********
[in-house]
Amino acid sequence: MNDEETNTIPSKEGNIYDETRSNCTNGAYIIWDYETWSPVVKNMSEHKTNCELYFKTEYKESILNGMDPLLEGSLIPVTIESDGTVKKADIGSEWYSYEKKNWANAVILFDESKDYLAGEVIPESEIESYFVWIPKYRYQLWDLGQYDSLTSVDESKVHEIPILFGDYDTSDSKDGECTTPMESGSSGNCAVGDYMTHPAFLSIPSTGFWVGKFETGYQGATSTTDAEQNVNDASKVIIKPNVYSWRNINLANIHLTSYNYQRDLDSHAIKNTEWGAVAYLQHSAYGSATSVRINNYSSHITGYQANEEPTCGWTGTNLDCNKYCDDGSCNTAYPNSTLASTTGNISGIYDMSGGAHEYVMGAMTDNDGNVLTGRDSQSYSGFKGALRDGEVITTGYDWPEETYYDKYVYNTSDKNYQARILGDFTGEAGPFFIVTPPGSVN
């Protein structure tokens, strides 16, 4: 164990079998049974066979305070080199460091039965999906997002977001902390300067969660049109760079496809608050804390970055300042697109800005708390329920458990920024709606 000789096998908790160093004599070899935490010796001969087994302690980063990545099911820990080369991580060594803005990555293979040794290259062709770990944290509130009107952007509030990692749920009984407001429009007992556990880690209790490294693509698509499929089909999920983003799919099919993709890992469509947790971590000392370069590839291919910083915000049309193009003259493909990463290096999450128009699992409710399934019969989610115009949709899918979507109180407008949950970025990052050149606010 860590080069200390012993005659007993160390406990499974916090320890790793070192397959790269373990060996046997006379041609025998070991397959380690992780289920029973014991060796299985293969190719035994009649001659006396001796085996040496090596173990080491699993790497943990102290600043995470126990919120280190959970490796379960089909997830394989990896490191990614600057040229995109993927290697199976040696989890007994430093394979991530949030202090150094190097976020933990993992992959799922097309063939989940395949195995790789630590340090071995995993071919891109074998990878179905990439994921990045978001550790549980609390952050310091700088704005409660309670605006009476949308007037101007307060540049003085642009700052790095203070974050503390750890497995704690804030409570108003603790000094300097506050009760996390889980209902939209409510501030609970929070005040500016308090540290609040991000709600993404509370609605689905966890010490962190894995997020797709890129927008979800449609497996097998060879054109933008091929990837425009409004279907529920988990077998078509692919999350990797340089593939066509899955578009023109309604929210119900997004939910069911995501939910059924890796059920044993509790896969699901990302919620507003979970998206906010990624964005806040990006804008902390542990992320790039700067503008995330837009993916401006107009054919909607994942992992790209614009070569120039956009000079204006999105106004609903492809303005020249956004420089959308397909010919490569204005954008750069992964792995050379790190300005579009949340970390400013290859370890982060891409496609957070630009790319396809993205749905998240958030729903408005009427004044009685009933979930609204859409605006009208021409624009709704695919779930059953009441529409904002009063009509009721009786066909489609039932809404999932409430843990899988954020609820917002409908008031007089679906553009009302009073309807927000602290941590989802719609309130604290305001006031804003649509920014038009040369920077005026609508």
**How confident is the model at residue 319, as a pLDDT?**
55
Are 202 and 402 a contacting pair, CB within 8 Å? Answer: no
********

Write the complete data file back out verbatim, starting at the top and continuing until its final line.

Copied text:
[in-house]
Amino acid sequence: MNDEETNTIPSKEGNIYDETRSNCTNGAYIIWDYETWSPVVKNMSEHKTNCELYFKTEYKESILNGMDPLLEGSLIPVTIESDGTVKKADIGSEWYSYEKKNWANAVILFDESKDYLAGEVIPESEIESYFVWIPKYRYQLWDLGQYDSLTSVDESKVHEIPILFGDYDTSDSKDGECTTPMESGSSGNCAVGDYMTHPAFLSIPSTGFWVGKFETGYQGATSTTDAEQNVNDASKVIIKPNVYSWRNINLANIHLTSYNYQRDLDSHAIKNTEWGAVAYLQHSAYGSATSVRINNYSSHITGYQANEEPTCGWTGTNLDCNKYCDDGSCNTAYPNSTLASTTGNISGIYDMSGGAHEYVMGAMTDNDGNVLTGRDSQSYSGFKGALRDGEVITTGYDWPEETYYDKYVYNTSDKNYQARILGDFTGEAGPFFIVTPPGSVN
């Protein structure tokens, strides 16, 4: 164990079998049974066979305070080199460091039965999906997002977001902390300067969660049109760079496809608050804390970055300042697109800005708390329920458990920024709606 000789096998908790160093004599070899935490010796001969087994302690980063990545099911820990080369991580060594803005990555293979040794290259062709770990944290509130009107952007509030990692749920009984407001429009007992556990880690209790490294693509698509499929089909999920983003799919099919993709890992469509947790971590000392370069590839291919910083915000049309193009003259493909990463290096999450128009699992409710399934019969989610115009949709899918979507109180407008949950970025990052050149606010 860590080069200390012993005659007993160390406990499974916090320890790793070192397959790269373990060996046997006379041609025998070991397959380690992780289920029973014991060796299985293969190719035994009649001659006396001796085996040496090596173990080491699993790497943990102290600043995470126990919120280190959970490796379960089909997830394989990896490191990614600057040229995109993927290697199976040696989890007994430093394979991530949030202090150094190097976020933990993992992959799922097309063939989940395949195995790789630590340090071995995993071919891109074998990878179905990439994921990045978001550790549980609390952050310091700088704005409660309670605006009476949308007037101007307060540049003085642009700052790095203070974050503390750890497995704690804030409570108003603790000094300097506050009760996390889980209902939209409510501030609970929070005040500016308090540290609040991000709600993404509370609605689905966890010490962190894995997020797709890129927008979800449609497996097998060879054109933008091929990837425009409004279907529920988990077998078509692919999350990797340089593939066509899955578009023109309604929210119900997004939910069911995501939910059924890796059920044993509790896969699901990302919620507003979970998206906010990624964005806040990006804008902390542990992320790039700067503008995330837009993916401006107009054919909607994942992992790209614009070569120039956009000079204006999105106004609903492809303005020249956004420089959308397909010919490569204005954008750069992964792995050379790190300005579009949340970390400013290859370890982060891409496609957070630009790319396809993205749905998240958030729903408005009427004044009685009933979930609204859409605006009208021409624009709704695919779930059953009441529409904002009063009509009721009786066909489609039932809404999932409430843990899988954020609820917002409908008031007089679906553009009302009073309807927000602290941590989802719609309130604290305001006031804003649509920014038009040369920077005026609508």
**How confident is the model at residue 319, as a pLDDT?**
55
Are 202 and 402 a contacting pair, CB within 8 Å? Answer: no